Whenever a data center outage knocks a bunch of popular sites offline, users wonder why these services don't simply shift to a backup stored at another data center. If you have a copy of your content in more than one facility, you can adjust the DNS settings to roll over to the secondary site. This issue was a hot topic of discussion following the outages last year at 365 Main and Rackspace. Why didn't the popular Web 2.0 services affected by these outages - a group including Technorati, TypePad and 37Signals - have redundant backups?
They're not alone, as Rackspace indicates in its IPO filing. "While data backup services are included in our hosting services, the majority of our customers do not elect to pay the additional fees required to store their backup data offsite in a separate facility," the company reported.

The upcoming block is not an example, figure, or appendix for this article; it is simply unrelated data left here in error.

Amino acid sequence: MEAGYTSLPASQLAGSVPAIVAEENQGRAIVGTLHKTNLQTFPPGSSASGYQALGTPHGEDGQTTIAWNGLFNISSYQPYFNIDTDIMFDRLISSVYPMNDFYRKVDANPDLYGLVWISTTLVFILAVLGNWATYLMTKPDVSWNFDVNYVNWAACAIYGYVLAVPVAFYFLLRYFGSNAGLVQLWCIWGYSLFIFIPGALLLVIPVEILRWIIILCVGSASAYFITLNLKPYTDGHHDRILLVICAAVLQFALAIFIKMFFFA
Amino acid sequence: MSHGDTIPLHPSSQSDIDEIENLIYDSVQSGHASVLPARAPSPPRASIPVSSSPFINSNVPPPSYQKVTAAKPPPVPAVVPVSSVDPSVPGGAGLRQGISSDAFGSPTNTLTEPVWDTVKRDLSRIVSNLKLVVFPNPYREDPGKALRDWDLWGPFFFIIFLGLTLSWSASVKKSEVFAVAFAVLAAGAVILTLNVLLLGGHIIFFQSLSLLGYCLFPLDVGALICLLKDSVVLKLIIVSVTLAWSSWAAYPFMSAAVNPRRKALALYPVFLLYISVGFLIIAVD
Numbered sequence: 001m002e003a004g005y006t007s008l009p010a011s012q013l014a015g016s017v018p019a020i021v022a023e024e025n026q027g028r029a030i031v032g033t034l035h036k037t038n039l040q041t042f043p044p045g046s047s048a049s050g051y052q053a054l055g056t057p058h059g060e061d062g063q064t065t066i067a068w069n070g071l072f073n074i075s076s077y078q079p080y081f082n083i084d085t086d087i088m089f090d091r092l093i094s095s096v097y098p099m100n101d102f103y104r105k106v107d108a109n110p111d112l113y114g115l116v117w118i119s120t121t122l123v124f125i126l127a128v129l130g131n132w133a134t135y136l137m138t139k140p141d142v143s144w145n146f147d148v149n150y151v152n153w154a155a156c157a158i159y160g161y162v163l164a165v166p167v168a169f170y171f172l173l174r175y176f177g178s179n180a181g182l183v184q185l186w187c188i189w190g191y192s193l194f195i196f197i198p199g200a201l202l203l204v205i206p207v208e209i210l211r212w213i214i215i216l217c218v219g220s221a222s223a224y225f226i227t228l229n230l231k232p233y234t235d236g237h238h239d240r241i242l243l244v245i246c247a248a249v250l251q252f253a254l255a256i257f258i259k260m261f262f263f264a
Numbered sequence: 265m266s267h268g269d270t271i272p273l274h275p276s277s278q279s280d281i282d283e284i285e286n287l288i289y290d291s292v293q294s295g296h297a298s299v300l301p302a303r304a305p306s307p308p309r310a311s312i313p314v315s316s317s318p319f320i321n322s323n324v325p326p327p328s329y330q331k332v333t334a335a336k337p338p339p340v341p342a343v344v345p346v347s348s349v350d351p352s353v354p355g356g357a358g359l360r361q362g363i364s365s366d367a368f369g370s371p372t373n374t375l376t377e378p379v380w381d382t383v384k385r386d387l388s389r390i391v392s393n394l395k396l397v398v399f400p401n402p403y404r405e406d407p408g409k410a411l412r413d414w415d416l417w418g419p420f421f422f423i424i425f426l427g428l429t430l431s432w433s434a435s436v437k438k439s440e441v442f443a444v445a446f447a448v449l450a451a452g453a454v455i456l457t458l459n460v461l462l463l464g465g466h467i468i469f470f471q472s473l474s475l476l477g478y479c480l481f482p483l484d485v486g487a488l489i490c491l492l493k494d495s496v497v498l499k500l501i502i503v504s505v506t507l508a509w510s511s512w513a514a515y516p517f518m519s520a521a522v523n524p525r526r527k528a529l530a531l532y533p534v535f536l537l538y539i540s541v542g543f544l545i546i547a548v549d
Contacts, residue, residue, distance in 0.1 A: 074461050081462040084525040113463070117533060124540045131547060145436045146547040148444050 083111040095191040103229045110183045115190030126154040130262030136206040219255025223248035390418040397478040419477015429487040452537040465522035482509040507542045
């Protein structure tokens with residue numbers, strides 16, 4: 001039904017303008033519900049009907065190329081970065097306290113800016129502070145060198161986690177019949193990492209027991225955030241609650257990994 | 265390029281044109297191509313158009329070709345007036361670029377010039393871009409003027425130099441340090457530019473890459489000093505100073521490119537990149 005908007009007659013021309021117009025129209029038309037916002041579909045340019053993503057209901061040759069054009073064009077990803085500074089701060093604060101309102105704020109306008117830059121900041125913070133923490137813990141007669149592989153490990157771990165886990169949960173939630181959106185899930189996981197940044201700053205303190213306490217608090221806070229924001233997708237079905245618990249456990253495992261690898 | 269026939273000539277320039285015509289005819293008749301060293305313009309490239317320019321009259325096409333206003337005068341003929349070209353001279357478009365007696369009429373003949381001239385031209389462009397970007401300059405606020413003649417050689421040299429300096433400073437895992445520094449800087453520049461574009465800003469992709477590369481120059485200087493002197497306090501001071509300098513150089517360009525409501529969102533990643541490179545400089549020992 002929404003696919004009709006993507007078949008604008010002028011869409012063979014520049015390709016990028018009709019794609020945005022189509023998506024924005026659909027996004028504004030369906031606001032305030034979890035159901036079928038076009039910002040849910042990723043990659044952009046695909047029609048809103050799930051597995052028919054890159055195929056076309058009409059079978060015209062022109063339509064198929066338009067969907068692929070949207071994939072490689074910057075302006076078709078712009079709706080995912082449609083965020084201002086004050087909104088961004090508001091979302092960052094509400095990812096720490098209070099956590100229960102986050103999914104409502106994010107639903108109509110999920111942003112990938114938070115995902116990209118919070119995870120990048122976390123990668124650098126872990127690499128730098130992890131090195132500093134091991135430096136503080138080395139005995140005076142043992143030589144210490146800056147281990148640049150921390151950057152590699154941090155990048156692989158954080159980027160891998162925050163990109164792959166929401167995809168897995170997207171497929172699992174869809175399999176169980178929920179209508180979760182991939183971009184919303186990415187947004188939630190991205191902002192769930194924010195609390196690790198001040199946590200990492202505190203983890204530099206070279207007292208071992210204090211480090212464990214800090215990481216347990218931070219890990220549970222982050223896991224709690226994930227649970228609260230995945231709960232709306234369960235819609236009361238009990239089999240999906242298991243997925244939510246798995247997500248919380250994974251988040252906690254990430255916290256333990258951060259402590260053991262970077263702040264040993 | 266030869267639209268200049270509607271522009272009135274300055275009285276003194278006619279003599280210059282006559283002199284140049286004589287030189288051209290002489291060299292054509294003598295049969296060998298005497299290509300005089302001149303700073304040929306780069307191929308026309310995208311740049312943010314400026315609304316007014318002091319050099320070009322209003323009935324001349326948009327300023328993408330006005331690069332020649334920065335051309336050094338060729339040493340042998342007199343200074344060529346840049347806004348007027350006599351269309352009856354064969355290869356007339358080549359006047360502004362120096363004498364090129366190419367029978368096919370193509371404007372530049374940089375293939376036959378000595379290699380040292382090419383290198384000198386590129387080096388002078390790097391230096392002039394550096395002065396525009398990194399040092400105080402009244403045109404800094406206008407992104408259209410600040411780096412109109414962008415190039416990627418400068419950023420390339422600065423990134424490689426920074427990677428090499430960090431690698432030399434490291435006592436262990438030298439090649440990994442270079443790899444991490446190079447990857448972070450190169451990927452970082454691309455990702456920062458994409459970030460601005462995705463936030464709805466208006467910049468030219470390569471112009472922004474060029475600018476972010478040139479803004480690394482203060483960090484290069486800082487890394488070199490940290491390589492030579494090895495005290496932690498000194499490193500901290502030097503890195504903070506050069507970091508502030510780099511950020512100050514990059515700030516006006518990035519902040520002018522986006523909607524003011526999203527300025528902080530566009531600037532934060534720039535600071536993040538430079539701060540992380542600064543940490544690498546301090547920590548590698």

Keep in mind that Rackspace offers advanced hosting services to many enterprises as well as Web 2.0 companies, and was offering offsite backups within its network as an add-on paid service. If the majority of Rackspace customers aren't storing data in more than one data center, what does the redundancy picture look like further down the value chain?